When looking for themes for classes, I often refer to Patanjali’s Yoga Sutras. There are very few pose (asana) instructions in the sutras. That’s because asana is just one part of the eight limbed system of classical yoga. Which is interesting since most yoga classes spend the bulk of their time on physical postures. And as a yoga teacher, I do too.
However, I think it’s important to recognize that asana is a single component of a larger whole. By studying the eight limbs and our relationship to them, our understanding of yoga and the poses deepens. The eight limbs, in order, are the ethical guidelines (yama), personal practices (niyama), postures (asana), vital energy control (pranayama),sense withdrawal (pratyahara), concentration (dharana), meditation (dhyana) and absorption (samadhi).
The limbs do not need to be studied sequentially, but because I like starting at the “beginning” I usually introduce them that way to show their interconectedness. The yamas or ethical restraints, are the first limb. Think of them as guidelines for conduct in society. The yamas are non harming, truth, non stealing, conservation of energy, and non greed. Hard to argue with any of those. In fact, I’ve often thought they could easily be listed on a poster on the wall of a kindergarten class.
These past few weeks, I’ve been encouraging my students to pick one yama and observe how it shows up in their lives and their practice. Since we all spend more time off the mat than on it, it’s interesting to notice how these moral codes play out in our relationship to others, material objects, and the self. For my own yama study, I chose to practice and reflect on non greed.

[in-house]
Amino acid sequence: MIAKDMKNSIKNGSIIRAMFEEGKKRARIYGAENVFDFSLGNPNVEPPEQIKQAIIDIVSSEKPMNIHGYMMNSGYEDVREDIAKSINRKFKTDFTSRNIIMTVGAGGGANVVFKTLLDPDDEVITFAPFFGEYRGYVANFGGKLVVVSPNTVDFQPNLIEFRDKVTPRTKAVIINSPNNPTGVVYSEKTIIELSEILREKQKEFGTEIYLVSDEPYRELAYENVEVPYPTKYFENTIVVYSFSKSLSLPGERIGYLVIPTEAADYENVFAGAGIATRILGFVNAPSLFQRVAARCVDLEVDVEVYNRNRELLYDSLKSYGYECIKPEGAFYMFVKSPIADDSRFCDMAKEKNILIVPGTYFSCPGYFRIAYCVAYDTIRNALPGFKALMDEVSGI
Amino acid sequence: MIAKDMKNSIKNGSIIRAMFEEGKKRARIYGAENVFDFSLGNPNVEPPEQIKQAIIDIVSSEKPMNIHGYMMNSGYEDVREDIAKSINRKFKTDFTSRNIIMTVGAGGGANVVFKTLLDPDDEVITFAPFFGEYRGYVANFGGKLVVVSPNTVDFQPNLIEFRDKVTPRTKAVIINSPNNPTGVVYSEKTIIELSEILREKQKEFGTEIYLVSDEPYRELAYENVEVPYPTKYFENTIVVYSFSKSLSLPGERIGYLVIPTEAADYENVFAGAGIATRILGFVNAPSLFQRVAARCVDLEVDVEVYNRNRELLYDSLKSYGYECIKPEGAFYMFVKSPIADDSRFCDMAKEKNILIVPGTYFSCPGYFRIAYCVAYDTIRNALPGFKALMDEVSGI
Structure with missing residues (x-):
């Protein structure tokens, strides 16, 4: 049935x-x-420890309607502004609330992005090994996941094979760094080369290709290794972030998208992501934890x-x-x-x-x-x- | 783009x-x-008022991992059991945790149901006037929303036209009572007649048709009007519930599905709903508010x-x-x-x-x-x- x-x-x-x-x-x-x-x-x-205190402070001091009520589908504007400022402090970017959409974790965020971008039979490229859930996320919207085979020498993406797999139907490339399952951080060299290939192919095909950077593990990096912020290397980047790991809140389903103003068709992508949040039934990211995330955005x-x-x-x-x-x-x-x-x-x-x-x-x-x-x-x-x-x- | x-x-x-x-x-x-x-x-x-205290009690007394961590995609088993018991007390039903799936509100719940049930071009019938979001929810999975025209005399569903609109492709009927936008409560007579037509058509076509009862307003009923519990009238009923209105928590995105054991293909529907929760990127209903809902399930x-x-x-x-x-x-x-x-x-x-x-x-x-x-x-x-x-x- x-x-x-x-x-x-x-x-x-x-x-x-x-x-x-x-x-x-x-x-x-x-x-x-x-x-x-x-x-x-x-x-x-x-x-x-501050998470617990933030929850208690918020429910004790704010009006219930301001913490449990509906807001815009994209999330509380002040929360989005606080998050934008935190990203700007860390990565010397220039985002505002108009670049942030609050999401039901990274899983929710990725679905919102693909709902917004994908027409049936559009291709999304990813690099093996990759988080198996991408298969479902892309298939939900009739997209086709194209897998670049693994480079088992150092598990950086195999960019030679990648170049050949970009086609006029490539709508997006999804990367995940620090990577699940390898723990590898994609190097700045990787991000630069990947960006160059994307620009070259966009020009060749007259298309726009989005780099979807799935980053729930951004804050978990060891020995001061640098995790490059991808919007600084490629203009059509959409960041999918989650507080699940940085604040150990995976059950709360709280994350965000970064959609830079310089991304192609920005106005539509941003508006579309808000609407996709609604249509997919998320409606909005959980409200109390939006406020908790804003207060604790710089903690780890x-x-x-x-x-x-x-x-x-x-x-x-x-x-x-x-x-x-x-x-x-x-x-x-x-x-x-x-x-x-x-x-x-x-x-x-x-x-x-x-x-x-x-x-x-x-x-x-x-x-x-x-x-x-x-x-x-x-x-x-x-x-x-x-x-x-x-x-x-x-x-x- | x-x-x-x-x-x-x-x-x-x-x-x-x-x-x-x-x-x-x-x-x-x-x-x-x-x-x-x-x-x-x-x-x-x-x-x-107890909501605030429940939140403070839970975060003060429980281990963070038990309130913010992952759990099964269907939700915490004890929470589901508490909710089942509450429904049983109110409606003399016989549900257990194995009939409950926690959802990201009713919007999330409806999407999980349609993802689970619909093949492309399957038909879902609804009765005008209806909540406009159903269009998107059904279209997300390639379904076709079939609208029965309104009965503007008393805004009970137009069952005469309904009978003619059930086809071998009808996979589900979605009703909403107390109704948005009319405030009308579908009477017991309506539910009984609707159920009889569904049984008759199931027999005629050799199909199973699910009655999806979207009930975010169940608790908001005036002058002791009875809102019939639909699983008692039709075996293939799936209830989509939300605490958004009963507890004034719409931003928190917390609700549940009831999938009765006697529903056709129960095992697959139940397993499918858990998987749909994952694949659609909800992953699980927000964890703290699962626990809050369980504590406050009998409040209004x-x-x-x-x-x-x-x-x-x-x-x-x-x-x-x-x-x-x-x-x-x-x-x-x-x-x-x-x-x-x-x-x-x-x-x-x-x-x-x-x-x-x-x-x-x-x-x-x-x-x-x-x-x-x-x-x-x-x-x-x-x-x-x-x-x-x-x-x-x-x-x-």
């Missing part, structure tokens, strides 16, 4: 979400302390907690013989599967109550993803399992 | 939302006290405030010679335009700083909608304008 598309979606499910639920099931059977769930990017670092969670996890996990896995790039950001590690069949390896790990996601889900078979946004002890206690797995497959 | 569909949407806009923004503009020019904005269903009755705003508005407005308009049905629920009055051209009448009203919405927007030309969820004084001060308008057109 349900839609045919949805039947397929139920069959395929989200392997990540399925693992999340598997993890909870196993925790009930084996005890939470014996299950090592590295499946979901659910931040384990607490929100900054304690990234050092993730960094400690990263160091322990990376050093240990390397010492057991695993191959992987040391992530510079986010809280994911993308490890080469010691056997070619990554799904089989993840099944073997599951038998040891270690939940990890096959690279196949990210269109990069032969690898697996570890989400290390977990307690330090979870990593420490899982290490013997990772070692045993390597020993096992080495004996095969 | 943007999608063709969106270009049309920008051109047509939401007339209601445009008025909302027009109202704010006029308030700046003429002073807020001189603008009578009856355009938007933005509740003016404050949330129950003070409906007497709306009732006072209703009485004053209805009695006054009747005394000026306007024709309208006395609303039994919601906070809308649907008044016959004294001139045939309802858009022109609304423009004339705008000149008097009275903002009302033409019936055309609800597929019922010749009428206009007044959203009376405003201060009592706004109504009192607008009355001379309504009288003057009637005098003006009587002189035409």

I’ve always felt a bit confused about how non greed differs from non stealing. After some contemplation I’ve decided stealing is about taking, and greed is about wanting. Sometimes we take something because it is needed (an example would be stealing food to satisfy hunger). With greed there is never enough. The acquisition of the “thing” doesn’t fill us up, instead it feeds the cycle of wanting more. The wanting isn’t always for material objects. For me, it’s wanting things to be different than they are in the present moment, wanting to be more “successful” as defined by our society, wanting chocolate at 10 pm…plenty to practice with.
The yamas are not commandments or absolutes. They, along with the other limbs, provide a yogic lens for self observation and study, They allow me to look at my thoughts, words, and deeds so that I may chip away at the things that are not my true nature, and cultivate the things that genuinely fill me up. Not so that I’m perfect, but so I can find more steadiness and ease in my life (another sentiment from one of my favorite sutras). It’s a slow process but I’m learning a lot and I’ve got the time. Do you?
https://talkeetnayoga.net/wp-content/uploads/2016/01/stud-e1453931179145.jpeg00Dianehttps://talkeetnayoga.net/wp-content/uploads/2016/01/stud-e1453931179145.jpegDiane2020-06-29 17:34:522020-06-29 17:34:52The Eight Limbs - working with the Yamas